If your company ships occasionally, you don’t have to worry about the rising freight costs. But if shipping is an integral part of your operations, these rising costs should worry you. As it is, they already form a significant part of your expenses. So, like it or not, you must do something to tame these rising freight costs. And here are tips on how to do so.
1. Work with the Same Carriers
Hopping from one carrier to another looking for a lower rate may seem like a good idea. In fact, it may even reduce your freight costs for a while. But as you’ll soon discover, ditching your old carrier for a new one comes at a price.
For instance, when you sign a 3-year deal with a carrier, you pay the same rate until the contract period expires. This beats signing a new deal every year at a new and, most likely, higher rate. By the third year, you could be paying more than you’d hoped.
Also, given the choice on whose freight to give priority to, your new carrier will always choose that belonging to a long-time customer. As such, to reduce freight costs, focus on building long-term relationships, not on rates.
2. Give the Carrier an Advance Notice
A trailer should never have to wait outside your facility, for this is how carriers lose money. And when they do, so will you, for they’ll pass on this cost to you. Ideally, by the time a trailer arrives, you should be ready to load. But for this to happen, you must not only plan in advance but also notify your carrier in advance.
This way, you both align your assets with these plans. So when you ship, the carrier will have the trailers and warehouses ready, and you, the freight. No one will wait for the other nor lose money as a result.
3. Load Quickly
Sometimes, the trailer arrives on time, and you’re ready to load. But, you take too long to do so. Again, you force the trailer to wait at your facility. Remember, carriers assume you’ll load within 2-hours, and plan their schedules based on this assumption.
By taking too long to load, you ruin not only your schedule but also theirs. As such, instead of working with you, they’ll prefer to work with shippers loading in an hour. What’s more, they’ll charge these shippers less.
4. Reduce Dunnage
In many cases, shippers tend to overprotect their shipments, which ultimately affects costs. While some shipments will need sufficient packaging, strapping, airbags and more, especially during long truck rides or international shipments, going overboard will cost you. A good freight carrier will give you advice on how to reduce dunnage and costs.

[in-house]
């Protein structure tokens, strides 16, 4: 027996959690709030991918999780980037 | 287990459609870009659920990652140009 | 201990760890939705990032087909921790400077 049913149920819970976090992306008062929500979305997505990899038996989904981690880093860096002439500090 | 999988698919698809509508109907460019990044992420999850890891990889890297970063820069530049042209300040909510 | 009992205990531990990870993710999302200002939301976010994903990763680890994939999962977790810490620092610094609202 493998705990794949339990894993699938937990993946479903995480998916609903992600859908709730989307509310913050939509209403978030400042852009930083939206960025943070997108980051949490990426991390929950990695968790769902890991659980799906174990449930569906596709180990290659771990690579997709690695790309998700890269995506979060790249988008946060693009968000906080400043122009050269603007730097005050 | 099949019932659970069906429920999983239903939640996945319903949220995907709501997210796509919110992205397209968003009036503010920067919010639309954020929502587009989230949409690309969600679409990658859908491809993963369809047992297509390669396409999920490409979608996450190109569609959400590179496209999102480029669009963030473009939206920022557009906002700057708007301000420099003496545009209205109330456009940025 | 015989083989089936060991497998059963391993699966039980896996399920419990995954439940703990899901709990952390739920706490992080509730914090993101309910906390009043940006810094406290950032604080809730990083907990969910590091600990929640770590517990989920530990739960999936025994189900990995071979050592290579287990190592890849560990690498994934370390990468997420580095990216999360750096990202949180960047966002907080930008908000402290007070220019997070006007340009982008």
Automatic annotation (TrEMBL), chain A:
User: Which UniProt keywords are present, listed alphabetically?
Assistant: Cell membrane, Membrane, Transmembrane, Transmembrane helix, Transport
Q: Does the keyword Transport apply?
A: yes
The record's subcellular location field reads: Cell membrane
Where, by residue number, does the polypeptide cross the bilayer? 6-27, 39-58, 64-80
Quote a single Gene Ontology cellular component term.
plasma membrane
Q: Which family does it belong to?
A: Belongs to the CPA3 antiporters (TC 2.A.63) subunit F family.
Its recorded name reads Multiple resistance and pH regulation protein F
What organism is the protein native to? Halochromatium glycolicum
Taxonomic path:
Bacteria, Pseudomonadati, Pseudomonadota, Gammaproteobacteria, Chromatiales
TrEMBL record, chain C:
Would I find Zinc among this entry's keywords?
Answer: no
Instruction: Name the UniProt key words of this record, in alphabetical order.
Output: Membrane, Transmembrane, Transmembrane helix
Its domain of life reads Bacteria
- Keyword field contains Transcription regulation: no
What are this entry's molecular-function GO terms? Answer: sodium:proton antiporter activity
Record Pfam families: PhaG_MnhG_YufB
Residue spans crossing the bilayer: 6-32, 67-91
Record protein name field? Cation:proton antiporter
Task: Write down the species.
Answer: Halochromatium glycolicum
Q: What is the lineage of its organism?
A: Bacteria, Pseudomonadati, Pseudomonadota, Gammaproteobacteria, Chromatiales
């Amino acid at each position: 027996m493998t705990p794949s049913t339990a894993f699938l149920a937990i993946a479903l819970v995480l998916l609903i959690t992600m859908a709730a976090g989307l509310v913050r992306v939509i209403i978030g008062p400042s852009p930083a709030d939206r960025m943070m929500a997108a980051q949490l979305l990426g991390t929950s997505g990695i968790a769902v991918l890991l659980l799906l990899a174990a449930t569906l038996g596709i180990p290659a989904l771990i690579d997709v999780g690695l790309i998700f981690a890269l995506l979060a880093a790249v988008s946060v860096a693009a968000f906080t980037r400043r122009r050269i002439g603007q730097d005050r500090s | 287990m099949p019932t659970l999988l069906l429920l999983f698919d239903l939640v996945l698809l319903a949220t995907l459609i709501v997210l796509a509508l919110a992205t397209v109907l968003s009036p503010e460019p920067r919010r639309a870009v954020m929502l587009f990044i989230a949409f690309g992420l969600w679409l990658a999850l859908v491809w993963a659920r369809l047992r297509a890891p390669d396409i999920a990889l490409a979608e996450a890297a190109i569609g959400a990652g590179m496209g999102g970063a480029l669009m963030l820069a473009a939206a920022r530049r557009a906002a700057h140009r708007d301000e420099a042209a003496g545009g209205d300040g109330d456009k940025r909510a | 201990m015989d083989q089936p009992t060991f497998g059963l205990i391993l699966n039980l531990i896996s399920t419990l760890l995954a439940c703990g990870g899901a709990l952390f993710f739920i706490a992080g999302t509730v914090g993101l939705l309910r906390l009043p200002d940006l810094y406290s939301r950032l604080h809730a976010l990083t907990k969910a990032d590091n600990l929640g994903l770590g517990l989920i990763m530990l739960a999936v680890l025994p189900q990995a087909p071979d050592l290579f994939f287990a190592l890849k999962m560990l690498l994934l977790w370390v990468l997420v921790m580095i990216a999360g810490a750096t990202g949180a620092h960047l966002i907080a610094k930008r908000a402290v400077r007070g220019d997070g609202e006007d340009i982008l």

5. Change Your Pick-up Times
Despite your reputation as a fast loader, you can still get your load turned down, especially during the day. Let’s face it; this is when everyone ships, so carriers are busy. When you call them to pick your freight, they’ll likely have another run to make.
But when other shippers retire for the night, the carriers who earlier turned down your load will gladly pick your freight. After all, they’ve no runs to make.
6. Ship Large Consignments
As a general rule, it’ll cost you less to ship one large consignment as opposed to many small ones. However, if your client list is full of retailers, this is easier said than done. They often make small shipments over many days.
What can you do to encourage them to make fewer but larger shipments? You must offer incentives for which one is Vendor Managed Inventory. This incentive ensures retailers never run out of stock, and they pay for a product only after it reaches their shelves.
7. Know Which Days to Ship
The final tip on reducing freight shipping costs is also one of the most important, yet it’s also one of the most overlooked – knowing which day to ship. The day you ship determines how much it’ll cost you to do so.
For instance, your customers will want their products on their shelves before Friday, in time for the weekend sale. This keeps carriers busy from Tuesday to Thursday, the high-volume days. But on Monday and Friday, they mostly remain idle. So if you want to ship products at low rates, these are the two days to do so.
To reduce freight costs, don’t hop from one carrier to another, choosing instead to build long-term relationships. Next, give them advance shipping notices after planning ahead. Also, load in less than 2 hours, and if possible, offer night pick-ups when other shippers have closed for the day. In addition, ship large consignments, not small ones. And finally, ship your products on Friday or Monday.